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Boomer’s family deals with parents’ legacy

Point o' View was the Oakville family home for Plum Johnson and her four younger brothers growing up in the fifties and sixties.
Point o’ View was the Oakville family home for Plum Johnson and her four younger brothers growing up in the fifties and sixties.

Plum Johnson, author of They Left Us Everything is a Baby Boomer raised in Oakville, Ontario. In 1952, her British veteran father and southern American mother landed in the village when it was little more than a farming community with a few stores and a tiny population. Her family bought a nineteenth century twenty-three-room lakefront home with eight bedrooms for a few thousand dollars. They were only the third family to occupy the house which had originally been built as a summer cottage and where her parents lived for the next sixty-five years.

For twenty years, Johnson and her brothers had been caregivers for their once-vibrant and world-travelled parents before they died. Her handsome and very regimented British father suffered with Alzheimer’s for twelve years before he passed away and her mother lived two more years in the massive house with the ongoing help of Johnson, her brothers and a live-in Tibetan couple.

They Left Us Everything is a sensitive and engaging description of her parents’ life and their final decline. Johnson describes her own frustrations as the result of her mother’s frustrations inherent with aging. For a vibrant woman who had once entertained as many as two hundred people during Christmas holidays to be tethered to an oxygen tank and unable to walk more than a few steps without stopping to rest, those frustrations were enormous.

The book was not without humorous anecdotes such as the story of her brother taking their Alzheimer’s-afflicted father on a Caribbean cruise to give her mother a break. Their father was convinced he’d gone around the world visiting such exotic destinations Borneo, London and Japan and regaled the family with his fantasy-based hilarious tales when he returned home. We share Johnson’s grief, not only for the loss of her parents but that of her brother, Sandy who died of cancer at the age of forty-two. The family and the house both have a fascinating history.

Conducting an inventory of the family belongings grew from a six-week project to nearly two years while Johnson occupied the home. During that time, while going through their possessions, Johnson and her brothers learned things about their parents they never knew and gained a new kind of respect for the people they had been. The difficulties and physical demands of dealing with the detritus of a lifetime are detailed in a way that is engaging and educational for the reader. There are numerous situations Baby Boomers will identify with in relation to our own parents. They Left Us Everything is a fast read but it is a book you won’t be able to put down. I loved it and I have a feeling you will too.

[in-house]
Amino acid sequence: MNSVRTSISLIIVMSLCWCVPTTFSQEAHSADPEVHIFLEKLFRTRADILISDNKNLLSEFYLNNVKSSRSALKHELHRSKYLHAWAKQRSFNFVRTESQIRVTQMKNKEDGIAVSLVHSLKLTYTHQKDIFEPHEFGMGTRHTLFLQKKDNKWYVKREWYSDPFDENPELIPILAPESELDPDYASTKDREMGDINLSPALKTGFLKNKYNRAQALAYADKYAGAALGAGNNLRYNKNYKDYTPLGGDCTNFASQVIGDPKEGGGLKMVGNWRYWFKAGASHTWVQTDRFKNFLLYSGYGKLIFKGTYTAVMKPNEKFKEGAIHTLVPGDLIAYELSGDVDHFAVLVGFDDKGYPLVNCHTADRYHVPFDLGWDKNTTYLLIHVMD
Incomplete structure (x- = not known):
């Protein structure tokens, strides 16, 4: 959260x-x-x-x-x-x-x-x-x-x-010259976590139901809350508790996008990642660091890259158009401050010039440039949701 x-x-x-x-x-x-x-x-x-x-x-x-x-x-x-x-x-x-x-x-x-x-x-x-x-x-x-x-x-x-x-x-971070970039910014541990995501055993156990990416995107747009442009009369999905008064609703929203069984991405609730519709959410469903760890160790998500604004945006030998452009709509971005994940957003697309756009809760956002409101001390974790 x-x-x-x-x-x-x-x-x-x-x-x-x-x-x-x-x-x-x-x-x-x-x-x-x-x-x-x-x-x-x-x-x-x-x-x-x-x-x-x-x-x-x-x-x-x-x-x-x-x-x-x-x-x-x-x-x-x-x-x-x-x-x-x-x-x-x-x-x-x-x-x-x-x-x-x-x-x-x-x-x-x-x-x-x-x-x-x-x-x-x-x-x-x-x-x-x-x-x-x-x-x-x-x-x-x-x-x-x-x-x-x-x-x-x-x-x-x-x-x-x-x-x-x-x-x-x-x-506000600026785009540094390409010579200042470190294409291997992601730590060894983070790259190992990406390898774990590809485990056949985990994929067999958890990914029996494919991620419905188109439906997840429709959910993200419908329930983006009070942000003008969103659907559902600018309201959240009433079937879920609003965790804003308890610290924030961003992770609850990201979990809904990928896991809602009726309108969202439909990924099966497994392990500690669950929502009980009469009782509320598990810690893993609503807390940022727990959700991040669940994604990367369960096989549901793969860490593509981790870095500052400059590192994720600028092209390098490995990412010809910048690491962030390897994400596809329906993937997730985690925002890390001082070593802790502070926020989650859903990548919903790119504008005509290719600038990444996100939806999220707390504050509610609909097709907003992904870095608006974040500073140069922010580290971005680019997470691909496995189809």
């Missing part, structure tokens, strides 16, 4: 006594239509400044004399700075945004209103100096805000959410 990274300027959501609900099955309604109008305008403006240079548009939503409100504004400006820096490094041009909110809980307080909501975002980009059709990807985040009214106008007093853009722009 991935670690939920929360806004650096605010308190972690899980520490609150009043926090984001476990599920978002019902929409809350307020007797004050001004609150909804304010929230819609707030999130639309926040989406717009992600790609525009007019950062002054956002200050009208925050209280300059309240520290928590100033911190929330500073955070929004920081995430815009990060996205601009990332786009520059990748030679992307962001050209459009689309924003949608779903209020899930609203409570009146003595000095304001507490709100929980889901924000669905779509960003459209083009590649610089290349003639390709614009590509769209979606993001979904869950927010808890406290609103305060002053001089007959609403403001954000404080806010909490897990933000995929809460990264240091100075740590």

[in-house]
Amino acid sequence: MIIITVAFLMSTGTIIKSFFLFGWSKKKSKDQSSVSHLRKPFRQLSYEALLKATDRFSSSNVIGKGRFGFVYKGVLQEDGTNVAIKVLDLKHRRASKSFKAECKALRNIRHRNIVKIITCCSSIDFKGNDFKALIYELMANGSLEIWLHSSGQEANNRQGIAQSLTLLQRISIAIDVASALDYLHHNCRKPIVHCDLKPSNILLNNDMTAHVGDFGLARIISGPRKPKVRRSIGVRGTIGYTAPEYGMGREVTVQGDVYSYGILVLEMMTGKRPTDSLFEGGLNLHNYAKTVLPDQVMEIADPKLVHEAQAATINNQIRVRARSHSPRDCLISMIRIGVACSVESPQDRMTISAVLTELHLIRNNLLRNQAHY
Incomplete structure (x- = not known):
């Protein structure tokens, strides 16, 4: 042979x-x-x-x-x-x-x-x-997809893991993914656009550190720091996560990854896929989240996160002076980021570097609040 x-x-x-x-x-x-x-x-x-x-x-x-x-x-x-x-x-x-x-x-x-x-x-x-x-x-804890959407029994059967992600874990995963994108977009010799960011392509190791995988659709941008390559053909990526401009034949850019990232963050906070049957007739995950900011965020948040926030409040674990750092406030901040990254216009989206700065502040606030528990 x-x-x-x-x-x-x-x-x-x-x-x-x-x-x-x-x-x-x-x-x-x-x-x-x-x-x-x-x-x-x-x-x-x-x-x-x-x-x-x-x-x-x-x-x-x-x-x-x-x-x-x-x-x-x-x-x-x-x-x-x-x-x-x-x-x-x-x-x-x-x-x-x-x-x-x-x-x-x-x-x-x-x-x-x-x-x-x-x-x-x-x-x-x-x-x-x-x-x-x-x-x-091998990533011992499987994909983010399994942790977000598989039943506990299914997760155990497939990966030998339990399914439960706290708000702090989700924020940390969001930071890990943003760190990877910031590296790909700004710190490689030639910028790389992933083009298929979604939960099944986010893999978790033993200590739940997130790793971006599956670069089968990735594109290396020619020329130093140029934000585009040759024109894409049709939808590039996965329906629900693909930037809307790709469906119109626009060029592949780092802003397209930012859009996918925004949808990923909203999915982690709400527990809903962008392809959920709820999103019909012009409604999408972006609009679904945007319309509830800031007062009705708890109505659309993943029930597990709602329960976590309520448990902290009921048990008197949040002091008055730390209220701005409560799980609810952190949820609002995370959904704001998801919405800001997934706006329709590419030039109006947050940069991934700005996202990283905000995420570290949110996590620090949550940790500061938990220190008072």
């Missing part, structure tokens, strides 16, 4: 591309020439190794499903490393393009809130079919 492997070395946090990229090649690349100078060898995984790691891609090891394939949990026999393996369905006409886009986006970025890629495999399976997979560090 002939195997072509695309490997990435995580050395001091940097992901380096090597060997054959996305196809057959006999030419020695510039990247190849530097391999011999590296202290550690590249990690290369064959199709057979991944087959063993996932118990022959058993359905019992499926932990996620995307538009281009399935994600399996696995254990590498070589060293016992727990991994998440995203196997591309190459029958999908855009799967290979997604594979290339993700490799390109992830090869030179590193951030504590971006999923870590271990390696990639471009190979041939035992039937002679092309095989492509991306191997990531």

For further insights into the Boomer perspective on business, fashion, mind and body, book and movie reviews, order my book, BOOMERBROADcast. It makes a great hostess or birthday gift as well as just a fun read.

Click on this link:   http://www.lulu.com or  http://www.amazon.com

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Feminist is not a four-letter word

feministBad Feminist by Roxane Gay is a current New York Times Bestseller. I was drawn to reading the book because the format appeared to resemble many aspects of my own book, BOOMERBROADcast. The book is a series of personal essays sorted into categories that reflect the author’s opinions on a variety of popular topics, such as, movies and television, books, racism, classism and of course, feminism. Call it research. I purchased the book to see what made Gay a New York Times best-selling author while I am not.